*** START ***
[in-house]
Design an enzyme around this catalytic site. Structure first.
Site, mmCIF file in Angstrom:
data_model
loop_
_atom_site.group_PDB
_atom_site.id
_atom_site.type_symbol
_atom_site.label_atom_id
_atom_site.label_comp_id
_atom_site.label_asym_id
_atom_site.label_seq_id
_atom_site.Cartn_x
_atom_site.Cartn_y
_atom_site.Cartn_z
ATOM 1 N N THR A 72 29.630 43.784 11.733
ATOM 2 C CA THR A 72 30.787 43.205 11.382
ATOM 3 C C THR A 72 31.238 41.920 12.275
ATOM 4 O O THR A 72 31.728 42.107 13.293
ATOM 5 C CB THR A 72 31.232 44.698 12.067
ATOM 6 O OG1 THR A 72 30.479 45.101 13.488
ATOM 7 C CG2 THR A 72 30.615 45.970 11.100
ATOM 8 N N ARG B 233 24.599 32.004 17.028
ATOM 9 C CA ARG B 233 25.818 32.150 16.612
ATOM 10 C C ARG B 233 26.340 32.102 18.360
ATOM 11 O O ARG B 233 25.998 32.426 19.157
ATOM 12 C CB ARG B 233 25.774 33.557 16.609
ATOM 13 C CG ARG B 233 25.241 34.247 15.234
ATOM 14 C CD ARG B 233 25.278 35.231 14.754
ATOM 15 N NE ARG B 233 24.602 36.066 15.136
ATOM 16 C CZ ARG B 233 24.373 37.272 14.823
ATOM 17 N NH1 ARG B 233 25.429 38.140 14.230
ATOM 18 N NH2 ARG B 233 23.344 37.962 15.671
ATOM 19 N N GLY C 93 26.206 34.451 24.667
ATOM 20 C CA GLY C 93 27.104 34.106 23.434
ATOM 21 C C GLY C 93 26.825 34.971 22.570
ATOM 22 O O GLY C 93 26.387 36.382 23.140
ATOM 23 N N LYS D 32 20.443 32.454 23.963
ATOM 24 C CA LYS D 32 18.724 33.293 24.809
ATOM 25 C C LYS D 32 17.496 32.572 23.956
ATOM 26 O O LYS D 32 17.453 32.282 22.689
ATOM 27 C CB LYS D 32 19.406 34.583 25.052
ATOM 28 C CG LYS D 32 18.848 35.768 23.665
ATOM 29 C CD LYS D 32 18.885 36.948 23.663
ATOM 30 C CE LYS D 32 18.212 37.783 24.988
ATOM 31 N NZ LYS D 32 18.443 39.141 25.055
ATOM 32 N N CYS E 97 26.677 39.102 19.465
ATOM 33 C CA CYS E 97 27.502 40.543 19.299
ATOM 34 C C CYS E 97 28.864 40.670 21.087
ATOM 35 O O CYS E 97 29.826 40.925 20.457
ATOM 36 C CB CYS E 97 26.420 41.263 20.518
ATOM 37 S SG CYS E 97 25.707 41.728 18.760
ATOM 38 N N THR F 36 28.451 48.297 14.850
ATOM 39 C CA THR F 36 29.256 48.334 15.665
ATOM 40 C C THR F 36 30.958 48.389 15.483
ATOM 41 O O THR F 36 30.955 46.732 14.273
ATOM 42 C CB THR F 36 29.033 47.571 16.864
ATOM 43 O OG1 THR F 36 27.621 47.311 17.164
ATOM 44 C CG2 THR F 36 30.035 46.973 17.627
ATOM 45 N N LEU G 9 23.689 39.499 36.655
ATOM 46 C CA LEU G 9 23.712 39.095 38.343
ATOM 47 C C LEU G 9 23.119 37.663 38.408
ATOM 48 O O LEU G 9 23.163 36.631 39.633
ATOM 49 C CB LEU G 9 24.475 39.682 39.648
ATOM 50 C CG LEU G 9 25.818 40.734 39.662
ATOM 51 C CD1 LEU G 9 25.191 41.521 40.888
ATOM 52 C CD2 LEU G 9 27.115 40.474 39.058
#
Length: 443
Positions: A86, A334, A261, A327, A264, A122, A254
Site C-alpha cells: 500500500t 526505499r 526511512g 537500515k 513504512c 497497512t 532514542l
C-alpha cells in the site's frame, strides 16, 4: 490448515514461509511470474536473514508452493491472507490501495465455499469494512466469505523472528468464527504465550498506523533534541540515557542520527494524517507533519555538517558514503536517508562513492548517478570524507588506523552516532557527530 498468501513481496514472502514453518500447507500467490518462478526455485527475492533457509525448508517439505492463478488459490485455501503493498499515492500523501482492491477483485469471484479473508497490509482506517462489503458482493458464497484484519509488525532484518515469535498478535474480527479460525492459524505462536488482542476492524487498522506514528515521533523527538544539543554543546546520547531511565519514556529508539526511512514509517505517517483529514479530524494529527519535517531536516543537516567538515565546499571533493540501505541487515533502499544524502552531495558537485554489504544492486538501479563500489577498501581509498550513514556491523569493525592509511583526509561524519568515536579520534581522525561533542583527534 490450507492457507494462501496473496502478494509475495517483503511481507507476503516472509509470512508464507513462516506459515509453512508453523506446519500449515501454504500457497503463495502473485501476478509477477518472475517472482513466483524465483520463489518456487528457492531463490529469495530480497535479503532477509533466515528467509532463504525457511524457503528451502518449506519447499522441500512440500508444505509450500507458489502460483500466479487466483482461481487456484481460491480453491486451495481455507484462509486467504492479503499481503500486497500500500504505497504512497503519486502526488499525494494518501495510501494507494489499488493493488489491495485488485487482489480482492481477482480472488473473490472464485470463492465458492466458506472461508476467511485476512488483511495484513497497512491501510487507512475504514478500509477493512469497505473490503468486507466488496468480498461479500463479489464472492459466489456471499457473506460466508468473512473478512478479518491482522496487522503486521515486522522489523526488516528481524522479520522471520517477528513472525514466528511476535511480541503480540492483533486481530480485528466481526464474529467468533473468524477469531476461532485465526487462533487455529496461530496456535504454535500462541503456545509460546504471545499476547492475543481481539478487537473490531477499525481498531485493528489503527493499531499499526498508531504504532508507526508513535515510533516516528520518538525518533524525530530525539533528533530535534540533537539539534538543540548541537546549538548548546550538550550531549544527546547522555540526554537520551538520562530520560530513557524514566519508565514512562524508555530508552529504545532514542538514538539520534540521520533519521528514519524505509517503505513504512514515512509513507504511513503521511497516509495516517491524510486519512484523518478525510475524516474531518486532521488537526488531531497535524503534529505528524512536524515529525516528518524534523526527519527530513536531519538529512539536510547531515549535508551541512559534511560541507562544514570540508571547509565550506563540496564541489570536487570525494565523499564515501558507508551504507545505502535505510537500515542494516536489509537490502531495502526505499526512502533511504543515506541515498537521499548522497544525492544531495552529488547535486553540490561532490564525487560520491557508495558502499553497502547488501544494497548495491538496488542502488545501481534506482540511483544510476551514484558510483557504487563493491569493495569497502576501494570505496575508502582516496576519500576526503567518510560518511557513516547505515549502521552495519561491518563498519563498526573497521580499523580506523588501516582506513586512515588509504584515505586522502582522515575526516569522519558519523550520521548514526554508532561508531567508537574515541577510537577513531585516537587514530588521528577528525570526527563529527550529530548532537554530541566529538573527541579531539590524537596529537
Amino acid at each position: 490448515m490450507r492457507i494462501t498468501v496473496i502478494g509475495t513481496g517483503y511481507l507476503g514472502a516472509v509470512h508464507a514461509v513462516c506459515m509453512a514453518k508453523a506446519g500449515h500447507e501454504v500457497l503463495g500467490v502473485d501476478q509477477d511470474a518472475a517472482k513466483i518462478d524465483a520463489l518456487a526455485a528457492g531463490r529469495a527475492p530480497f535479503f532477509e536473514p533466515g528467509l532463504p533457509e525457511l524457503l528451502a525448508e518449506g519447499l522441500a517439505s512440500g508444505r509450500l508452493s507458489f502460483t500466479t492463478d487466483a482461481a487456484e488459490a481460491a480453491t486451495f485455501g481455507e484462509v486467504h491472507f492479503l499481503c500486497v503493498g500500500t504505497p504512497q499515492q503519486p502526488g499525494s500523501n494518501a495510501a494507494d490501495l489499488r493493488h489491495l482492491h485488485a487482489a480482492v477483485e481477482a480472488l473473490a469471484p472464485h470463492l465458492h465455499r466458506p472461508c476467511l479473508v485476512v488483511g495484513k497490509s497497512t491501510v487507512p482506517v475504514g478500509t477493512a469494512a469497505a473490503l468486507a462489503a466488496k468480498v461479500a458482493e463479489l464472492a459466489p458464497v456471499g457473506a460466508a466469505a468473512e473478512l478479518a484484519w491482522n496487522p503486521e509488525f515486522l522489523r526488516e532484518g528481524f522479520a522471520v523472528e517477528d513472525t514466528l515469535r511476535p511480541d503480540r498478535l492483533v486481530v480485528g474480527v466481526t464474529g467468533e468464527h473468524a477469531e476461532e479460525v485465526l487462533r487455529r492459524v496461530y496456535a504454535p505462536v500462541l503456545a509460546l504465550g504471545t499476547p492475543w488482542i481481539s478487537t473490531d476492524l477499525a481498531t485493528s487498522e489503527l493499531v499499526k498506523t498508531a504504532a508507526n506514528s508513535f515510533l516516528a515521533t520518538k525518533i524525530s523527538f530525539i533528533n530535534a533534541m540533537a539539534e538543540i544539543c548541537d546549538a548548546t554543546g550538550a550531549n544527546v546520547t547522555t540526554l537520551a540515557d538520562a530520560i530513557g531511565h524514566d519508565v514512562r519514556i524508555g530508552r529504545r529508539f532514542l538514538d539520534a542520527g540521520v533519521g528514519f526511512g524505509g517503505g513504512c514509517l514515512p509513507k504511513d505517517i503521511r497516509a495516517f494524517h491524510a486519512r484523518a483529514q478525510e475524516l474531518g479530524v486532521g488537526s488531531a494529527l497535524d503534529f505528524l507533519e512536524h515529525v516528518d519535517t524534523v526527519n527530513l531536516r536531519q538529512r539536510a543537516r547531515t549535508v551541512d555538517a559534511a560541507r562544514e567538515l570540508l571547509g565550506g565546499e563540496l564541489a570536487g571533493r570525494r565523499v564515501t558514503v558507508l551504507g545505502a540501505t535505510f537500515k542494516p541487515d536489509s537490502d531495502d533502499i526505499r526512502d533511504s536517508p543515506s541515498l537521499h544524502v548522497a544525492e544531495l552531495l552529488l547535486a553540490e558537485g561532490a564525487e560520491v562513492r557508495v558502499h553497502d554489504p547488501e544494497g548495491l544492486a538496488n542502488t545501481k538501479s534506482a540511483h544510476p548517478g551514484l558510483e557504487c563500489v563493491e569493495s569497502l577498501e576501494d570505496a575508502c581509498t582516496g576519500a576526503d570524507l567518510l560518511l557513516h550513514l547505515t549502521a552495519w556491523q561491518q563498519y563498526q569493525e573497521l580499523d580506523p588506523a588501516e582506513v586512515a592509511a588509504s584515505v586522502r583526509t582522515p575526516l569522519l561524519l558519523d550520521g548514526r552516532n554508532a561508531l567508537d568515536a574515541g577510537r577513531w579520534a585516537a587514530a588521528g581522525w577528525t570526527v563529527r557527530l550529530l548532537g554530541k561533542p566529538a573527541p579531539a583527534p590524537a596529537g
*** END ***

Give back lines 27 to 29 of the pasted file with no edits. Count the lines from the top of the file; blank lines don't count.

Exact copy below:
ATOM 12 C CB ARG B 233 25.774 33.557 16.609
ATOM 13 C CG ARG B 233 25.241 34.247 15.234
ATOM 14 C CD ARG B 233 25.278 35.231 14.754